# Tiva Lab 11: Measure Pulse Width of PWM Signals using Timer

## Objective

• To learn about timer input capture to measure period and pulse width
• To calculate the frequency and duty cycle

## Background Information

The timer system in the TI Tiva microcontroller can be used for a variety of purposes. This lab will use the "Input Capture" ("Edge-Time") functionality, which is used to measure the length of a pulse. Timer input capture can be used for many features, such as:

1. Measuring the width of a pulse
2. Measuring the duty cycle of a signal
3. Measuring the frequency of a signal

In this lab, you have to develop a code using the timer capture to measure the frequency and duty cycle values for several PWM signals and then display them on the LCD screen.

#### Fundamentals of Frequency Measurement

There are two methods of estimating the frequency of the square wave. The number of signal transitions (rising, falling, or both) in a fixed time interval can be counted, or the time interval between two consecutive signal transitions can be measured using a timer.

• For a high-frequency signal, measuring frequency by counting transitions over short intervals is more accurate for signals.
• Measuring the period is generally more precise fo relatively low-frequency signals. The resolution is provided by the number of timer counts between input signal transitions. For very low-frequency signals, may result in excessively long delays between measurement updates.

In this lab, you will learn how to use a timer to capture the rising and falling edges of a PWM signal, the difference between the capture values drives the pulse width time duration.

## Required Components List Onboard Switch (SW1) x 1 Character LCD Module x 1 Onboard LED x 1

## Circuit Diagram

The following diagram shows the schematic of the design that uses the timer input capture to capture the rising and falling edges. The verification uses the PWM to generate the PWM signal — the input to the timer input capture pin. ## Procedure

Before Lab, you must decide which ports and pins to be used in this lab. Some pins are used to connect the LCD module, and one is an input pin for timer input capture, two are used to generate PWM output signals — one is connected to the Timer Input Capture pin and the other is connected to the on-board LED. The on-board switch also will also be used in this lab to change the PWM frequency and duty cycle.

#### The System Clock

A function Setup_123G_80MHz() or Setup_1294_80MHz() must be called at the beginning of the main(), in order to configure the system clock to 80 MHz.

#### PWM signals

Develop a code that generates two PWM signals (both use the same PWM configuration):

• The frequency of PWM timer is 10 MHz
• Generates Right-Aligned PWM signal
• The LOAD and CMP values have been defined in the template code

#### Timer Input Capture

Configure a general-purpose timer to operate as a 16-bit timer input capture mode with the pre-scale factor to 0xFF (255). This timer will be used to capture the time when the input signal transitions from low to high (rising edge), or high to low (falling edge).

Do not use the Timer5 (T5CCP0), it is used for the hardware timer delay functions — timer_waitMicros() and timer_waitMillis().

Write a C code that uses the Input Capture (Edge Time) feature of the Timer to find the period, then calculates duty cycle and frequency of the PWM signal.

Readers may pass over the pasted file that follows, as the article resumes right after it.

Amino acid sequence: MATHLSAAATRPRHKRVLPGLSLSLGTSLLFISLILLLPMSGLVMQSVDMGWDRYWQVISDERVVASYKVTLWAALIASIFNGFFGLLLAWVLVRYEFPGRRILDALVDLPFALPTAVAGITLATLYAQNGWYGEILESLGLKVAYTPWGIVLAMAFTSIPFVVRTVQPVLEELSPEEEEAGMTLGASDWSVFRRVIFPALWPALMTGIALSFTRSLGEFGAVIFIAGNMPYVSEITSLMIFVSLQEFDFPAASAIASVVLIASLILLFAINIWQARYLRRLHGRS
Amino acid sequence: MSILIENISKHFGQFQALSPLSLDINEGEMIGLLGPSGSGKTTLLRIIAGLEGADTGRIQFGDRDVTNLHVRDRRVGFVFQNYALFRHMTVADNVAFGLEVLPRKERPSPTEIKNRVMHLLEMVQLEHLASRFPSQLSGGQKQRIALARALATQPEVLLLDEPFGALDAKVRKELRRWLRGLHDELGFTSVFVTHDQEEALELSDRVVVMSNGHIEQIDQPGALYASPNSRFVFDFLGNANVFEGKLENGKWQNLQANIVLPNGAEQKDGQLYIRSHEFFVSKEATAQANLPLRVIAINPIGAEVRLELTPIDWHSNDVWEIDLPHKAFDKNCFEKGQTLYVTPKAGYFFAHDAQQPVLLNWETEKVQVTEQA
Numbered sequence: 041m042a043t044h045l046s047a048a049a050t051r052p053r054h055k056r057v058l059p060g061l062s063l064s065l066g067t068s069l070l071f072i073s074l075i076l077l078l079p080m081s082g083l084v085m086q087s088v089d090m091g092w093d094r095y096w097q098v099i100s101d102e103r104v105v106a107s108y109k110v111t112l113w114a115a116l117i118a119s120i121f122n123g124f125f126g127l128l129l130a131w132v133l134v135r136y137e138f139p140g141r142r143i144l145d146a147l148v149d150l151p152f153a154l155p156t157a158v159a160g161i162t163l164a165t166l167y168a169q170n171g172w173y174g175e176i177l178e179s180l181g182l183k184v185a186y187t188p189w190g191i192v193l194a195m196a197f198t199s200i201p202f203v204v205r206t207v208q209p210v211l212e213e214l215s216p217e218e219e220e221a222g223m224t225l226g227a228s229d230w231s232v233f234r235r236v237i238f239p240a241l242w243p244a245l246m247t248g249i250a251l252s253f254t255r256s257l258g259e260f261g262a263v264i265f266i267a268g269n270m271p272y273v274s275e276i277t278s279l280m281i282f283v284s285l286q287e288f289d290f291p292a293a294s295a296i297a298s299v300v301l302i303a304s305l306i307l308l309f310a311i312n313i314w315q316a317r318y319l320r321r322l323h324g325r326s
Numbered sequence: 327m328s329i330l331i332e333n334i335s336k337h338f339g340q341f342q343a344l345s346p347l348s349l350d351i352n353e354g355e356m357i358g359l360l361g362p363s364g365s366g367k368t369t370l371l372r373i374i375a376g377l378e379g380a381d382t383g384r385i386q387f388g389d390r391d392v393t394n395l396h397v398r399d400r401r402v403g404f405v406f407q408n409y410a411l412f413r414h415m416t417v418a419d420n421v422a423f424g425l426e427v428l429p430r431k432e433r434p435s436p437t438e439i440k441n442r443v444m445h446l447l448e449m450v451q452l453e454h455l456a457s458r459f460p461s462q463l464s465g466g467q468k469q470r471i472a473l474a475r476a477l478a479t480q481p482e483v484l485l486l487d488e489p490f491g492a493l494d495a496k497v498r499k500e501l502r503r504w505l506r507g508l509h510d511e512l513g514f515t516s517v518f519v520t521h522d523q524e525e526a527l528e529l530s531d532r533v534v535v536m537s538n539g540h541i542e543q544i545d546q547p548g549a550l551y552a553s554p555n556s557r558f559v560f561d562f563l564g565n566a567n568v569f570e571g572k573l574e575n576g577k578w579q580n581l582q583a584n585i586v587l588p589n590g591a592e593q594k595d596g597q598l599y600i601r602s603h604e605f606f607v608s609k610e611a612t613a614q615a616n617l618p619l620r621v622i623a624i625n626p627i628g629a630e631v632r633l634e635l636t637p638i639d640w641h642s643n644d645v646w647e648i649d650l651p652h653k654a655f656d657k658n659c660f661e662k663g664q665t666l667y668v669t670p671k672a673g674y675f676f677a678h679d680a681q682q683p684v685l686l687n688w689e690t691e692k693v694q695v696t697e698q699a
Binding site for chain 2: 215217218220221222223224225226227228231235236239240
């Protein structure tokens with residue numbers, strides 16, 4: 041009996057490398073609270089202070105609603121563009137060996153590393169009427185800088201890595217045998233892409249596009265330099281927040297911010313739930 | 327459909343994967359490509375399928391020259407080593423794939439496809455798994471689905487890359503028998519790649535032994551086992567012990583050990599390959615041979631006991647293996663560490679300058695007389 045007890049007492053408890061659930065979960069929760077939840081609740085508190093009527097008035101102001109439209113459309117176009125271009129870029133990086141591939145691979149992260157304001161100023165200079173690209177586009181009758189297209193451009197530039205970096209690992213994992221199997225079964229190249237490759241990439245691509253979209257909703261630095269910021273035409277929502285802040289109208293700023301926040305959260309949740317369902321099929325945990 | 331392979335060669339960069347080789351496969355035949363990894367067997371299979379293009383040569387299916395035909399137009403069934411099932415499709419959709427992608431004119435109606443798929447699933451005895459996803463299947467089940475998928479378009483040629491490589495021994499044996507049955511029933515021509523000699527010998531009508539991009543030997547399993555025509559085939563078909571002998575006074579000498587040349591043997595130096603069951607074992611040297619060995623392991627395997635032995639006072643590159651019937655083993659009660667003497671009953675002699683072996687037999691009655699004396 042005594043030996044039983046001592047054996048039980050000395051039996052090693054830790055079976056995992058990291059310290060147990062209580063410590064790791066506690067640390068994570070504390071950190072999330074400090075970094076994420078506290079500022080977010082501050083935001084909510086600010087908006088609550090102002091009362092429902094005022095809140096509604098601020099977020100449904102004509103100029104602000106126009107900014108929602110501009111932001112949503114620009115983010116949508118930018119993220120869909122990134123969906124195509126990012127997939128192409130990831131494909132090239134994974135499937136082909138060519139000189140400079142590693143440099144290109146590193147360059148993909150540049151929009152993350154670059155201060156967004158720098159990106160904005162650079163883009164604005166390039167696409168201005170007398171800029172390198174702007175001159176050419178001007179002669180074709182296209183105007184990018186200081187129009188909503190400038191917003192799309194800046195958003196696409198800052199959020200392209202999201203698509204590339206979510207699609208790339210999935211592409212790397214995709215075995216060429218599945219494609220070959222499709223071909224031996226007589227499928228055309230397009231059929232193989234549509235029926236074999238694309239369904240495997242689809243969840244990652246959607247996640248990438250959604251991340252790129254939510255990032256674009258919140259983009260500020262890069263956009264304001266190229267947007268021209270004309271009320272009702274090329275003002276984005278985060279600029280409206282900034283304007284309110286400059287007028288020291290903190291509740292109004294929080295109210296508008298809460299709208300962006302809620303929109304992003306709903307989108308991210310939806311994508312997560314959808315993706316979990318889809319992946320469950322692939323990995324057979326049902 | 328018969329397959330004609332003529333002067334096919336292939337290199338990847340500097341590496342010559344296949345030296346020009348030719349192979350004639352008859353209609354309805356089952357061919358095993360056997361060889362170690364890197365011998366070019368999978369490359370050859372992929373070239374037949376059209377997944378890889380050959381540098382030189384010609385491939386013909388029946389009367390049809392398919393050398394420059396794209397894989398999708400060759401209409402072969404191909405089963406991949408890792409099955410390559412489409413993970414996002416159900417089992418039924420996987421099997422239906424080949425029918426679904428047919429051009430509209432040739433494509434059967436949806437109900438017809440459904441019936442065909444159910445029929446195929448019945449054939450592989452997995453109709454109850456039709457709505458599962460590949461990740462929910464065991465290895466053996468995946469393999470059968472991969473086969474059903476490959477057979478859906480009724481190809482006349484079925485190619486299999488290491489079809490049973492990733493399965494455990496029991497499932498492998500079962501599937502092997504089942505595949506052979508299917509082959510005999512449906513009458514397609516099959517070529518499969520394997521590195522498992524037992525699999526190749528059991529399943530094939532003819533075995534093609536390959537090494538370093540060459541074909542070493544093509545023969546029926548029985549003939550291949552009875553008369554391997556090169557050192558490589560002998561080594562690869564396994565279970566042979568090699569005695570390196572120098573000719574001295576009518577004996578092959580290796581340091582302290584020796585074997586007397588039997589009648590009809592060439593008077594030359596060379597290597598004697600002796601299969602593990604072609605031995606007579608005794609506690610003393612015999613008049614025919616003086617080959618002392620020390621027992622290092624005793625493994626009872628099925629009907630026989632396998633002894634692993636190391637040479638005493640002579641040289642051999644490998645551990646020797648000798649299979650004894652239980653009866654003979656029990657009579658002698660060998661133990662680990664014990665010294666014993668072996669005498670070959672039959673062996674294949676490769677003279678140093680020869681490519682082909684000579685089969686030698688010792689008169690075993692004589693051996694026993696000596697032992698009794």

##### Period Measurement

Develop code to capture the main timer values corresponding the period of one cycle:

• Configure the timer input capture event on rising-edge (or falling edge)
• Clean the bit of event status
• Capture the timer counts value on first rising edge (or falling edge)
• Clean the bit of event status
• Capture the timer counts value on second edge (same edge as the first captured)
• Calculate the period counts value (T) Figure 11-1: Period measurement by capturing two consecutive edges

##### Pulse Width Measurement

Develop code to capture the rising and falling edges

• Configure the timer input capture event on the rising edge
• Clean the bit of event status
• Capture the timer counts value on the rising edge
• Configure the timer input capture event on falling edge
• Clean the bit of event status
• Capture the timer counts value on the falling edge
• Calculate the pulse with counter value (Δt) Figure 11-2: Pulse-width measurement using input capture

##### Duty Cycle Calculation

Then, you can get the value for the duty cycle, and the frequency. Figure 11-3: Definition of Duty Cycle

#### Configurations

Write down the following configuration information into your lab report.

1. Connect a wire from the PWM output pin to the timer input capture pin.
2. Start a new project (or re-use the project from the previous parts), and load the template code from CSULA Moodle website.
3. Fill in the configuration tables above. Then, according to the configuration tables, use the register settings for PWM, Timer, and GPIO ports.

## Questions

1. Complete the Table 1 which shows the results from the experiments and calculations.
2. Compare your results with the values you calculated in the Table 1. Calculate the percent error about the frequency and duty cycle values for each PWM signal. 3. Can we configure the timer input capture event on both edges mode to measure the pulse-width of the input PWM signal? Please explain why, or why not.
4. Briefly describe the "Input Capture" function.
5. How often will 16-bit timer rolls over if it uses the default system clock of 16MHz and a Prescaler factor of 0x0F?
6. What register is used  to select the type of events that will trigger a TimerA Input Capture?
7. What register stores the current counter value for Timer A?